TCIRG1 and SNX10 gene mutations in the patients with autosomal recessive osteopetrosis


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Koçak G., Güzel B., Mıhçı E., Küpesiz O. A., Yalçın K., Manguoğlu A. E.

Gene, vol.702, pp.83-88, 2019 (SCI-Expanded) identifier identifier identifier

  • Publication Type: Article / Article
  • Volume: 702
  • Publication Date: 2019
  • Doi Number: 10.1016/j.gene.2019.02.088
  • Journal Name: Gene
  • Journal Indexes: Science Citation Index Expanded (SCI-EXPANDED), Scopus
  • Page Numbers: pp.83-88
  • Keywords: Osteopetrosis, TCIRG1, SNX10, Mutation analysis, VACUOLAR PROTON PUMP, A3 SUBUNIT, DEFICIENCY, DEFECTS, DISEASE
  • Akdeniz University Affiliated: Yes

Abstract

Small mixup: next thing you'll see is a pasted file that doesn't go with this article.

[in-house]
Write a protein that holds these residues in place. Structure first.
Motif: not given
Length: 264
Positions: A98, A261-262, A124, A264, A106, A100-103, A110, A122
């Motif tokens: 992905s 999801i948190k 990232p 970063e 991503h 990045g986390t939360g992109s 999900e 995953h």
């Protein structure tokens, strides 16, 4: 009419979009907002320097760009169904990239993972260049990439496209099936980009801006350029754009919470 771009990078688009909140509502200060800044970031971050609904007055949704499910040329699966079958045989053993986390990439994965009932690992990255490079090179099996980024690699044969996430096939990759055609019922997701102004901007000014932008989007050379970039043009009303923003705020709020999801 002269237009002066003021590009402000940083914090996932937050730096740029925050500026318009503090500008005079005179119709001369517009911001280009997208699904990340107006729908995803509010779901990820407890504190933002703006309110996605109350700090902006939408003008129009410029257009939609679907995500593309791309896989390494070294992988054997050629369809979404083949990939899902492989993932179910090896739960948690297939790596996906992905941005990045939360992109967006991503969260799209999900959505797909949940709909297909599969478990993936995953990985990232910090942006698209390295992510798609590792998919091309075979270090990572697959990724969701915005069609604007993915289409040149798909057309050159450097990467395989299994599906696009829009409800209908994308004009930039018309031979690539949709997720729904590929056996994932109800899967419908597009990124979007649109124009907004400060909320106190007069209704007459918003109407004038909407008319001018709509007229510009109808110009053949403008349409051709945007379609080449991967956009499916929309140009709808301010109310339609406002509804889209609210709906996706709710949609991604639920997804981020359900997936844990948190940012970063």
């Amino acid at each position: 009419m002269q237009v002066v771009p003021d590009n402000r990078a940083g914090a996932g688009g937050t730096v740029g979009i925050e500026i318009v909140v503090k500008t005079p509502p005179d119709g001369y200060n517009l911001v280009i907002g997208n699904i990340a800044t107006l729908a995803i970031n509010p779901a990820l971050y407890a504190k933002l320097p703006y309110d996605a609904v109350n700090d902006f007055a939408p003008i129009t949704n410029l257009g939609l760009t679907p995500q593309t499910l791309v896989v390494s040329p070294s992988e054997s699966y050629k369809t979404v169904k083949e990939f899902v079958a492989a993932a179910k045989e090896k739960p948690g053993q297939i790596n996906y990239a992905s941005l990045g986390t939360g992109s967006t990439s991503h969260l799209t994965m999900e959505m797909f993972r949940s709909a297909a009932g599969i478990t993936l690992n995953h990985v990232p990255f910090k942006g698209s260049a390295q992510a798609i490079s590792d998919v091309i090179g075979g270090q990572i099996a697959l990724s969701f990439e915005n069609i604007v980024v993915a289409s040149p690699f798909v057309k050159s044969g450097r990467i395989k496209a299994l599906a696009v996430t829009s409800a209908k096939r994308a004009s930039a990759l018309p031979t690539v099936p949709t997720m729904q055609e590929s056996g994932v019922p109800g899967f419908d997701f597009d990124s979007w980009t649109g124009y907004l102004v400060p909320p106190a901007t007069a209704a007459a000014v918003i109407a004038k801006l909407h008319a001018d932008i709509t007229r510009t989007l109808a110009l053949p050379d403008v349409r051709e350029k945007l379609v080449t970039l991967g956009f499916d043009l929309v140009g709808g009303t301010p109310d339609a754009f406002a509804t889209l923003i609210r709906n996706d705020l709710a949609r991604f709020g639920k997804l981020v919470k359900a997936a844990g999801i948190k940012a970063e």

© 2019 Elsevier B.V.Autosomal recessive osteopetrosis (ARO) is a rare genetic bone disease characterized by dense and fragile bone, caused by a defect in osteoclasts responsible for the bone destruction. In this study, we aimed to investigate the mutations in TCIRG1 and SNX10 that are responsible for 50% and 4% of the cases, respectively. All amplicons were sequenced by Sanger sequencing following PCR amplification. As a result, six different mutations of the TCIRG1 gene were found in five of the twelve unrelated cases. These include two novel mutations, namely c.630 + 1G > T mutation and c.1778_1779delTG mutation of the gene which are identified as homozygous. A compound heterozygosity of known mutations c.649_674del26 and c.1372G > A and homozygous presence of the known c.2235 + 1G > A mutation were also observed in different patients. In addition, as a result of the prenatal testing in a family with osteopetrosis infant, the c.1674-1G > A mutation was detected as homozygous for the fetus. In TCIRG1, c.166C > T change, which is indicated as likely benign according to ClinVar database, was heterozygous. Several known polymorphisms; c.117 + 83 T > C, c.417 + 11A > G and c.714-19C > A in TCIRG1 gene; c.24 + 36 T > A and c.112-84G > A in SNX10 gene were also detected. In conclusion, our study revealed that five of the twelve cases carry at least one mutation of TCIRG1 gene. Further studies with more patients and other genes would help better understanding of genetic etiology of the disease.